General Overviews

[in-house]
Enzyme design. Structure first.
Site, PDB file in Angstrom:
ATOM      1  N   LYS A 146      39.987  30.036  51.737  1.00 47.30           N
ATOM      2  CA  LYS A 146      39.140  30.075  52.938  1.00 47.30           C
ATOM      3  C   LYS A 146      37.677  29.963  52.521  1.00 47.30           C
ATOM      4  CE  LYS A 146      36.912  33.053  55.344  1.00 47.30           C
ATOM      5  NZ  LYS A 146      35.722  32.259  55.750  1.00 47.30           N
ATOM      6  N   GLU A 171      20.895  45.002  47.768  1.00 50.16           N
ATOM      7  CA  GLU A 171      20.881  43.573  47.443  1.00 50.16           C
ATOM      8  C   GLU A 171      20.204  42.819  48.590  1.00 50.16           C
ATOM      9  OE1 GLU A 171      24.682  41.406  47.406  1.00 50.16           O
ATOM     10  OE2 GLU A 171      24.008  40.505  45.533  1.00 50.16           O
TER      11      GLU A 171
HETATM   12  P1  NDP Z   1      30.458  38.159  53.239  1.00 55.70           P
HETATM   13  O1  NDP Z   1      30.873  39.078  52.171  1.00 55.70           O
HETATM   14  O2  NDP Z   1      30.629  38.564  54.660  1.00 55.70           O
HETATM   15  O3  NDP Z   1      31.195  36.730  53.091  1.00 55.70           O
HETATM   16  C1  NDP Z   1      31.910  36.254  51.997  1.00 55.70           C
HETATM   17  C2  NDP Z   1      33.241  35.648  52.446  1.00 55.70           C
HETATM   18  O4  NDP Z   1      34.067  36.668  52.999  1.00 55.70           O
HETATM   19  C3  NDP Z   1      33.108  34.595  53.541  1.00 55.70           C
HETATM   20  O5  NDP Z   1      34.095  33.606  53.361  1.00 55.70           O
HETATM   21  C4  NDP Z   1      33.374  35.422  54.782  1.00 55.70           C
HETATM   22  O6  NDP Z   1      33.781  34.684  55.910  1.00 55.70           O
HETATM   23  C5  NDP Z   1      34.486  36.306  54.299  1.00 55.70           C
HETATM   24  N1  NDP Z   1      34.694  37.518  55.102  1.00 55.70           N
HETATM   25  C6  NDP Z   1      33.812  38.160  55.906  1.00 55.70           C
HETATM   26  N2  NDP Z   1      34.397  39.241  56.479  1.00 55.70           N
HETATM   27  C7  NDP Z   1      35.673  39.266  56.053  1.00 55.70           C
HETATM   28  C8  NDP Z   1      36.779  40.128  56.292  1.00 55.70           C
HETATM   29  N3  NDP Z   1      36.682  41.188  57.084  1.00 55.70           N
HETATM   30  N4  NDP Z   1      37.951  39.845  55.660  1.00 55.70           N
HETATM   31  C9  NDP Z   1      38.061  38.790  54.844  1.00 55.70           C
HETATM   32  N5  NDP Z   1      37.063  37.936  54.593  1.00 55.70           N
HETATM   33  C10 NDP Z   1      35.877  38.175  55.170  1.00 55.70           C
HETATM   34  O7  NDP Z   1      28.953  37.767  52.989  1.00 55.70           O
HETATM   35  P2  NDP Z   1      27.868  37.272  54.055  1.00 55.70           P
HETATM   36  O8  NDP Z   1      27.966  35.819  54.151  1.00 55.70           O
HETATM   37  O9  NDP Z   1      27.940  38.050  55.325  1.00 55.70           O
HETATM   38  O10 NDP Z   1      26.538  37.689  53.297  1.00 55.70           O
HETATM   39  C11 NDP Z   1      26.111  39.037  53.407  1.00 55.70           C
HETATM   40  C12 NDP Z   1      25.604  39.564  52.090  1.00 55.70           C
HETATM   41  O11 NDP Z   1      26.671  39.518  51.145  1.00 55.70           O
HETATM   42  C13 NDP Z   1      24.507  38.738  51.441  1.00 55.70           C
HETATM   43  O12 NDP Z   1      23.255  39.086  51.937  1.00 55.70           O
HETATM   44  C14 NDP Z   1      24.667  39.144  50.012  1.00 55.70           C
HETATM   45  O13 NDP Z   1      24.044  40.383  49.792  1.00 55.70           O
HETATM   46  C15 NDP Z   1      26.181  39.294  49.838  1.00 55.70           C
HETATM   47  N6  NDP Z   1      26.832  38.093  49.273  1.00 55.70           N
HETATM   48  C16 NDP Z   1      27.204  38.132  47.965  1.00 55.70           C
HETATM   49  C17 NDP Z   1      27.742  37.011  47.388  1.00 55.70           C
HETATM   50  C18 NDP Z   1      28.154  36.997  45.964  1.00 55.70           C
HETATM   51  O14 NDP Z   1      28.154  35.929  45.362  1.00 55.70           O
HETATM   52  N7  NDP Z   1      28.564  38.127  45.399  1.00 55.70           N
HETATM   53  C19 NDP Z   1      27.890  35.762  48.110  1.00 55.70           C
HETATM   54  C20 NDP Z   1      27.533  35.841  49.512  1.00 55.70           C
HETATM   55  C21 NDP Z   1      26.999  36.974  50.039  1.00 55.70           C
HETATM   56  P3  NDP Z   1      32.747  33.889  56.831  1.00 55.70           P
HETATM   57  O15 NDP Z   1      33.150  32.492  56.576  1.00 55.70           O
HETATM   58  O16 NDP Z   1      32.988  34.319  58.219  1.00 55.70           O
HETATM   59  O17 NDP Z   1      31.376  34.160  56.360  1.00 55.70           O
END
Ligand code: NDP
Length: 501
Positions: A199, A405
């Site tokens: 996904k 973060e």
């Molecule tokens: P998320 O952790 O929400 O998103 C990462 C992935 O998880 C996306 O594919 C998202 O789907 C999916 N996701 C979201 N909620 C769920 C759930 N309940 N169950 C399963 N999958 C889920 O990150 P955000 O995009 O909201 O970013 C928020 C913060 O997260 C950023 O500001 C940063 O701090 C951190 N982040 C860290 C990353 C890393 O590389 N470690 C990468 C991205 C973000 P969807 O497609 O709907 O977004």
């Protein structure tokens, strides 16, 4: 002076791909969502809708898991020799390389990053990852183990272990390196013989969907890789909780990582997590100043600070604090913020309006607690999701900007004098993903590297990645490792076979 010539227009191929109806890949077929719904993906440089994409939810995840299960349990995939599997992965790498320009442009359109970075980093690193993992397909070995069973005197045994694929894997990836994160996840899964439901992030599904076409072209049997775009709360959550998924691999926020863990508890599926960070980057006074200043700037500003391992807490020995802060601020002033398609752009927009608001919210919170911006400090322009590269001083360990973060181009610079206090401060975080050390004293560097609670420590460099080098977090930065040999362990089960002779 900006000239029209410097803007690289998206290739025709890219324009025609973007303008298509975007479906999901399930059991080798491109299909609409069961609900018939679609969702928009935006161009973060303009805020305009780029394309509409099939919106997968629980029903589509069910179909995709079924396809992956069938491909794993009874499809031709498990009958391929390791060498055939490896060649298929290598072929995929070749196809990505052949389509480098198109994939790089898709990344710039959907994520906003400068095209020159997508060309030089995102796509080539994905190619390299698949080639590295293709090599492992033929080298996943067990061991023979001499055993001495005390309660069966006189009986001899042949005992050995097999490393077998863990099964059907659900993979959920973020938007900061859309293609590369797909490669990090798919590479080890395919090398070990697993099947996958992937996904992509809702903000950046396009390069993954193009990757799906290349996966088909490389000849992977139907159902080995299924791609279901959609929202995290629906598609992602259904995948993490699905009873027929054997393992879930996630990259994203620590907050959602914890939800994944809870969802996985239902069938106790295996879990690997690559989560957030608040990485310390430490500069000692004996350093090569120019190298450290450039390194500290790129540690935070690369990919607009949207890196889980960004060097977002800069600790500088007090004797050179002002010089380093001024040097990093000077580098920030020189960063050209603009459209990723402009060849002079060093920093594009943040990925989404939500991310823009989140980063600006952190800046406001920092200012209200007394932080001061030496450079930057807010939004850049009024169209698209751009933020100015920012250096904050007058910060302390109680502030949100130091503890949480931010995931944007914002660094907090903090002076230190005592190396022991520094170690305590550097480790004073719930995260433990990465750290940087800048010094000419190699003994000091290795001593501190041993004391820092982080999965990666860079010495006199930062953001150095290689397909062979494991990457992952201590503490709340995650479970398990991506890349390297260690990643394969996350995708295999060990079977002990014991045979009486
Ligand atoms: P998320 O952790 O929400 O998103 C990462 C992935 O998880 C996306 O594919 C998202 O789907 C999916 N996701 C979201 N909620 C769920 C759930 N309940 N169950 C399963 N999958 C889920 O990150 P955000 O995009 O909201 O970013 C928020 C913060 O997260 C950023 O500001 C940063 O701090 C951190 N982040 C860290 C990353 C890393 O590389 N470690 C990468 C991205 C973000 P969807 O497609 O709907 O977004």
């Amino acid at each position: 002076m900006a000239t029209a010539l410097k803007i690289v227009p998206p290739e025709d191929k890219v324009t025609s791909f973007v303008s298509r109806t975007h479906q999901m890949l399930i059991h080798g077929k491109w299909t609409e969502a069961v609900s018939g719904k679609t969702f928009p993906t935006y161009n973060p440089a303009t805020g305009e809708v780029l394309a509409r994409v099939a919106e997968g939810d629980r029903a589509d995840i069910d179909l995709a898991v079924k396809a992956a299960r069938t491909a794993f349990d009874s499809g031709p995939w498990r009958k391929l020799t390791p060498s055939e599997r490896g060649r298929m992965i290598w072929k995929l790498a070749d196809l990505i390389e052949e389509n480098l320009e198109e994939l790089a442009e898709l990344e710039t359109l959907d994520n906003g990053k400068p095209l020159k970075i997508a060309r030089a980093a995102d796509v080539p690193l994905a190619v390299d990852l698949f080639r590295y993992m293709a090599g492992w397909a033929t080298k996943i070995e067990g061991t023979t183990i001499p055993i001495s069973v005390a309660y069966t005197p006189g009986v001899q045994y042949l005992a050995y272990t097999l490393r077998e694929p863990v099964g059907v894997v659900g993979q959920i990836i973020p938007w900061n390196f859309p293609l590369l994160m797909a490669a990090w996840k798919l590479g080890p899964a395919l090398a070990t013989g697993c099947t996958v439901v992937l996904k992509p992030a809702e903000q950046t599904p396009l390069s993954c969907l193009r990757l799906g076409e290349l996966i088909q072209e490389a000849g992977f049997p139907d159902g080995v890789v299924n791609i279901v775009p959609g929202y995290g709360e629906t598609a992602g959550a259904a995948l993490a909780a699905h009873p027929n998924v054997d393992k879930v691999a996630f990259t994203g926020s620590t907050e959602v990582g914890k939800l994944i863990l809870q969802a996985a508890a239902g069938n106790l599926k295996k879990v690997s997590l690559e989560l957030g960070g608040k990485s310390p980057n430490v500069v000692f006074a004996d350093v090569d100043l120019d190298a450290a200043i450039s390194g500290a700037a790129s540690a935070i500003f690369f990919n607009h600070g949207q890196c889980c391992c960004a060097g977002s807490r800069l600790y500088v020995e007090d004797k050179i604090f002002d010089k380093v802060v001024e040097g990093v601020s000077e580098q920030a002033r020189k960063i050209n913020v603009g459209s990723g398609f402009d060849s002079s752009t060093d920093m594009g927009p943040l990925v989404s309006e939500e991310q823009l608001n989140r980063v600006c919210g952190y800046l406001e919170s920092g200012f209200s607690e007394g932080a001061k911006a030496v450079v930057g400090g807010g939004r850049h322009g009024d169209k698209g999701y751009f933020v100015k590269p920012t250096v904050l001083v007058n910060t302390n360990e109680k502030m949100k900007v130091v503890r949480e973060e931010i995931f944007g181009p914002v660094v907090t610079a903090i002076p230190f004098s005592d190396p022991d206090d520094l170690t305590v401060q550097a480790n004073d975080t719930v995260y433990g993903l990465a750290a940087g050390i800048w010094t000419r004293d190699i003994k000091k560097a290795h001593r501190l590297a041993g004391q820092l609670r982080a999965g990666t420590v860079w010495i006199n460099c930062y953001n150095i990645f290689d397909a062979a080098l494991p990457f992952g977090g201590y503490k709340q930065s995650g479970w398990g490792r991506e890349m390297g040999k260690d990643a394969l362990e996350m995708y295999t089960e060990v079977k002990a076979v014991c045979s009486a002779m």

The focus here is on the broad systems issues and on certain specific person-relevant conditions that are of particular interest to social workers. References to seminal readings about prison and detention systems are provided as are references to articles that explore three specific conditions: the special needs and treatment of women, of persons with mental illnesses, and of those with substance abuse issues who are involved in the criminal justice system. Descriptions and commentary on the early American prison systems developed in Auburn and Philadelphia are widely available and the history of imprisonment philosophies and penal trials is important for a full understanding of the evolution of the criminal justice system. Sociologist Gresham Sykes (see Sykes 1958) wrote a vivid account of prison “society,” detailing the process by which prison guards and inmates are at once in and of the prison system. Murphy 1995 provides a good overview using the early writings of Plato, Kant, and Bentham and then details contemporary issues of reform and rehabilitation. Not to be ignored, Thompson and Mays 1991 presents a comprehensive overview of jail management in the United States and highlights the unique demands and needs of jails and those housed therein. Two excellent resources that provide an overarching view of the roles of treatment providers and treatment strategies within penal systems and with the offender population are included as well. Menninger 1966 is a still-relevant analysis of the penal system, suggesting fundamental changes to be made in the assessment and treatment of those labeled “criminal.” Wilson 2010 situates correctional treatment as treatment occurring within the social work context, and he effectively argues the importance of social workers taking the lead in shaping criminal justice interventions and system reforms. He highlights the treatment context by calling it “criminal justice social work” and identifies an array of criminal justice venues where social work practice is needed.